Artists and authors are talking about creative branding. But what exactly is a brand? And do you have to have one?
As a label and publisher, we get a lot of questions about artist branding. After marketing nearly 100 releases, we understand the importance of branding to an artist’s success. The differences between good and bad branding are as important as the differences between good and bad music. And it isn’t just about the packaging.
Your creative brand = who you are + what you do. It is the transmission of your creative identity to an audience. And yes, you need it.
Here are a few questions we’ve been hearing from artists.
Can you create a brand for me?
No. You already have a brand. Everyone does. What a creative branding person can do is help you identify your brand, and then help you to communicate it to an audience. It should be crystal-clear to your audience who you are (e.g., “acoustic troubadour from Duluth”) and what you do (e.g., “postmodern folk songs”). Your creative brand illuminates your identity and goals, deepening your relationship with your audience.
Aren’t my songs my brand?
No. They are a part of your brand. Your brand conveys the text, subtext, and context of what you do. The text is the song. The subtext is what you suggest or imply. The context is the frame you show it through. Your brand creates a definitive impression not just of the song, but of your identity as an artist. Sure, you might have songs and gigs, and that’s great. But so do jukeboxes. Your brand differentiates you — and elevates you above others making your kind of music. Use it to give your audience a window into who you are and what you do.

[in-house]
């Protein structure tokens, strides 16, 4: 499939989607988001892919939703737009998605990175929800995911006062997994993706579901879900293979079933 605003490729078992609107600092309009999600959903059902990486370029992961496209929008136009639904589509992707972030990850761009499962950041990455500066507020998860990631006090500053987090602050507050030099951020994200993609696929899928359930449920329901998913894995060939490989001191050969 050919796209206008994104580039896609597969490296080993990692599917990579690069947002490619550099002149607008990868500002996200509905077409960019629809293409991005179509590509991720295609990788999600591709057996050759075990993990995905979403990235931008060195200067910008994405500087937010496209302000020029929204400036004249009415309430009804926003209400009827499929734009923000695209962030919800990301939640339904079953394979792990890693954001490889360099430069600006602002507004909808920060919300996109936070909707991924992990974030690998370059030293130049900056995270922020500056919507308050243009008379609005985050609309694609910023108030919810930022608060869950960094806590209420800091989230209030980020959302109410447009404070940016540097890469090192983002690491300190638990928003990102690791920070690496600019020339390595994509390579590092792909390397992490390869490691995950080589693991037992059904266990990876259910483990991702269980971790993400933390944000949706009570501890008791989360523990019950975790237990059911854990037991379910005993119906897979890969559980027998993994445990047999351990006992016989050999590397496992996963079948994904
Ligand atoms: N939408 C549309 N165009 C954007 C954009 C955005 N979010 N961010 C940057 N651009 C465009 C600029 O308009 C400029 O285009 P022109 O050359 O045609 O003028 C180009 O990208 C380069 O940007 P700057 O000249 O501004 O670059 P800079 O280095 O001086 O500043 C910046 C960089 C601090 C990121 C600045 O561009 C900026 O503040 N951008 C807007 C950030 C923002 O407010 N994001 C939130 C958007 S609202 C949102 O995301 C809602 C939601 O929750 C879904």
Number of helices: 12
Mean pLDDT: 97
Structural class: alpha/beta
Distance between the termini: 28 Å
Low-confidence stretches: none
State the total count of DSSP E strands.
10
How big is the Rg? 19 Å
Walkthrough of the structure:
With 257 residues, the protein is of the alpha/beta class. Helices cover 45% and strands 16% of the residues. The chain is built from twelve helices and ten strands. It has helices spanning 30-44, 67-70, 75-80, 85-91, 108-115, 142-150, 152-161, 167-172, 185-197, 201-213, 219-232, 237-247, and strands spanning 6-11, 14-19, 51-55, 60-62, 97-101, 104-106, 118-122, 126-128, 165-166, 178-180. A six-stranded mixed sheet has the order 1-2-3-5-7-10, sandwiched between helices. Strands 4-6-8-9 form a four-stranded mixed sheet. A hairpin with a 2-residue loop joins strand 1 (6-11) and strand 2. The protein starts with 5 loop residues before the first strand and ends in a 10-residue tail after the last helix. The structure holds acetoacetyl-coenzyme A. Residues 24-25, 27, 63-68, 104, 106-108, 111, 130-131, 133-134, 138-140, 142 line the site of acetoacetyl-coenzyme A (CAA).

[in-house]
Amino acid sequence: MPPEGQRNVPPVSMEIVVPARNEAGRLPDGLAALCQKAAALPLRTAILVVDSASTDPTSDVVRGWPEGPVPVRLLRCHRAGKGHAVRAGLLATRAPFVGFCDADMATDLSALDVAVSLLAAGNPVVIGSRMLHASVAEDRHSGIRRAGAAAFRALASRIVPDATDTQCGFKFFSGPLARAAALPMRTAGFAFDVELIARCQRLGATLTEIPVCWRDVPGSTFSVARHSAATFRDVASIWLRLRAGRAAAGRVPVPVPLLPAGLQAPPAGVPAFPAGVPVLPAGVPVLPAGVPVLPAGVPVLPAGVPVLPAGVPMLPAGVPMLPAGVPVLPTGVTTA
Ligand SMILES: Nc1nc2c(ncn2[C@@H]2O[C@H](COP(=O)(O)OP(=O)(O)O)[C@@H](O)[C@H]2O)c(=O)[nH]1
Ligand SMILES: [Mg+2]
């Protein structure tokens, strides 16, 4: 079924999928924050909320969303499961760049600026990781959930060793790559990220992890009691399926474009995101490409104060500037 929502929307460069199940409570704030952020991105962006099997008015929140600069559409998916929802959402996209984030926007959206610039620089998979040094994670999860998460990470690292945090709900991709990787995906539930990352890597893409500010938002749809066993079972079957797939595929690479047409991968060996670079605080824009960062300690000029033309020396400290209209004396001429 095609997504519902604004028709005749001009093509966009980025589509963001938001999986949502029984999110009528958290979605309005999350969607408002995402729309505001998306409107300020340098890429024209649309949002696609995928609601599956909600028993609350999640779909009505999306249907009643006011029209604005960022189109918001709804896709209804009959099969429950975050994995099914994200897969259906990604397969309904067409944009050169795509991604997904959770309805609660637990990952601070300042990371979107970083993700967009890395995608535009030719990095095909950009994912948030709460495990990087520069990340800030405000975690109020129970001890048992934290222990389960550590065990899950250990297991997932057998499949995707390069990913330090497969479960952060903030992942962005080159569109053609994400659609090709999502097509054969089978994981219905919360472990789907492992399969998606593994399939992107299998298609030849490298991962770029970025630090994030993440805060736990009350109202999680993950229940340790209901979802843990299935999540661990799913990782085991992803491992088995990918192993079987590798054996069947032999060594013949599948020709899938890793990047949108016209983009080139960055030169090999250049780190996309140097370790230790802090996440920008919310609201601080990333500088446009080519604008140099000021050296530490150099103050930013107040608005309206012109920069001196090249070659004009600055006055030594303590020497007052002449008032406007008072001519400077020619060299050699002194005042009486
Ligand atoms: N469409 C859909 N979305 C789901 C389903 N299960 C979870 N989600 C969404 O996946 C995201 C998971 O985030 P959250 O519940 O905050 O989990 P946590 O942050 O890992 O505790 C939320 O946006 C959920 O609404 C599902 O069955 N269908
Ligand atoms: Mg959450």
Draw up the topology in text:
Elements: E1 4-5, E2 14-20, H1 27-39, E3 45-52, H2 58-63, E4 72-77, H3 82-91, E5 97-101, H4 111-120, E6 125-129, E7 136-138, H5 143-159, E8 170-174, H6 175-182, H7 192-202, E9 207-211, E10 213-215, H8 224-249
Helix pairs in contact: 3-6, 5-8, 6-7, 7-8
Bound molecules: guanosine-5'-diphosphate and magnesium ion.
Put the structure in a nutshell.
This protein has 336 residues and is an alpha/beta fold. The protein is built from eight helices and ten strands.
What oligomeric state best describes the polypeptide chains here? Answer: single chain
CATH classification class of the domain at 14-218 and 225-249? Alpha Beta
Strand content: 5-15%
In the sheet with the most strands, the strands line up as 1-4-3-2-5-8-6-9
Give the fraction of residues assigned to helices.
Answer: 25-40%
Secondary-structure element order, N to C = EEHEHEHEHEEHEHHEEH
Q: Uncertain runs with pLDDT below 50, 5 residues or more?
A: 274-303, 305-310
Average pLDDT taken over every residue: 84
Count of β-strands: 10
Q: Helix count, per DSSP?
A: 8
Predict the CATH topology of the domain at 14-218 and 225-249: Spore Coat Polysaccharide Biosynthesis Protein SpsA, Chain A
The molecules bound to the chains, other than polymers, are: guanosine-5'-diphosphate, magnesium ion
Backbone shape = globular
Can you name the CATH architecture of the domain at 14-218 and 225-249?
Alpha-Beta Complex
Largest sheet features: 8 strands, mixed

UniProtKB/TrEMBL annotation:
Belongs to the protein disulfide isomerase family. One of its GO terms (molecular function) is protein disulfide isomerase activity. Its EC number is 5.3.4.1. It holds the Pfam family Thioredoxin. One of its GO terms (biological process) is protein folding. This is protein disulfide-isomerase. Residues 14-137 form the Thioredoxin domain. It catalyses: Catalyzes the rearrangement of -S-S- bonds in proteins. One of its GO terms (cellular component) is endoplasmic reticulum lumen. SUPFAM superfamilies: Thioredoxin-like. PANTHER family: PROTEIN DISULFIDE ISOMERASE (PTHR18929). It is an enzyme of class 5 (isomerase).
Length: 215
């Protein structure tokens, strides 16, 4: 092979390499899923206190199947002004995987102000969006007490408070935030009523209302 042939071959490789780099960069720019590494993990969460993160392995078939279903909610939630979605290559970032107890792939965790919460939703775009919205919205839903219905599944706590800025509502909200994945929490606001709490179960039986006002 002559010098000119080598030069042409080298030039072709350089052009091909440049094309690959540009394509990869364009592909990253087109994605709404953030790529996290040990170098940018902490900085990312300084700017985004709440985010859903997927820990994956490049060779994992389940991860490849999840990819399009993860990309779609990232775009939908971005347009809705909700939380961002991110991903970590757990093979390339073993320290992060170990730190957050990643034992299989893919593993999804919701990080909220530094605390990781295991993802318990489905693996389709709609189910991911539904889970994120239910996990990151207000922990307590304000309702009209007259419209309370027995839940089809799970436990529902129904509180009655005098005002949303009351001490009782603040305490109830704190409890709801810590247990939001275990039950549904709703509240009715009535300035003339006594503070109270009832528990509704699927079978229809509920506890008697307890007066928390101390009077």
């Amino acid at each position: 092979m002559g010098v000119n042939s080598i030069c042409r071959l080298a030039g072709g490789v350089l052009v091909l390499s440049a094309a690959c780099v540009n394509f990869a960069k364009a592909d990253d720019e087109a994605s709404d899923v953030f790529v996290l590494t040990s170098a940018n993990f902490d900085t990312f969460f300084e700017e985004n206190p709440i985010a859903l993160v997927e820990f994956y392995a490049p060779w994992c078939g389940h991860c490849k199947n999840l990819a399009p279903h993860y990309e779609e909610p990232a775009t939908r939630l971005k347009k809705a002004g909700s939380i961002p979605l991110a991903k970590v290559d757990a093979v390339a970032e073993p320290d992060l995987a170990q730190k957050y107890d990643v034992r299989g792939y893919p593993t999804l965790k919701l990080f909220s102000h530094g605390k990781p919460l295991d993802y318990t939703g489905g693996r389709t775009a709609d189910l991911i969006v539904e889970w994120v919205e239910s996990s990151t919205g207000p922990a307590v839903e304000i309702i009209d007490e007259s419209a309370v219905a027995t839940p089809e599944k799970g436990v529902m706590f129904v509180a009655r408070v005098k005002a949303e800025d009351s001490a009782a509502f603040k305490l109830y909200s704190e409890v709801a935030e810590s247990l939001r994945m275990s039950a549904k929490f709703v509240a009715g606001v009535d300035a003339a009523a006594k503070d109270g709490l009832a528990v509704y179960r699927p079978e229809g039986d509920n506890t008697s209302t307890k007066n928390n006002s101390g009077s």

Isn’t my logo my brand?
No. A logo is great — just ask Van Halen — but it is not a brand. It is simply visual shorthand for who you are and what you do. Before you design a logo (the easy part), you need to answer the basic questions about yourself and your work (the hard part). If that sort of self-examination sounds challenging, you’re on the right track. Before you can know where you’re going, you need to understand who you are to yourself and to your audience.
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Your creative brand isn’t just something you pull out for marketing purposes. It isn’t just t-shirts and photo shoots. It is you. So while your songs (or books) might focus on subject matter outside yourself, you are still the creator and the delivery mechanism. If you’re doing it right, you are the only person who can do it. Without you, it could not happen.
A successful creative brand explains that essential truth to the people who matter — your audience.
So get to work — and put your creative brand to work for you.
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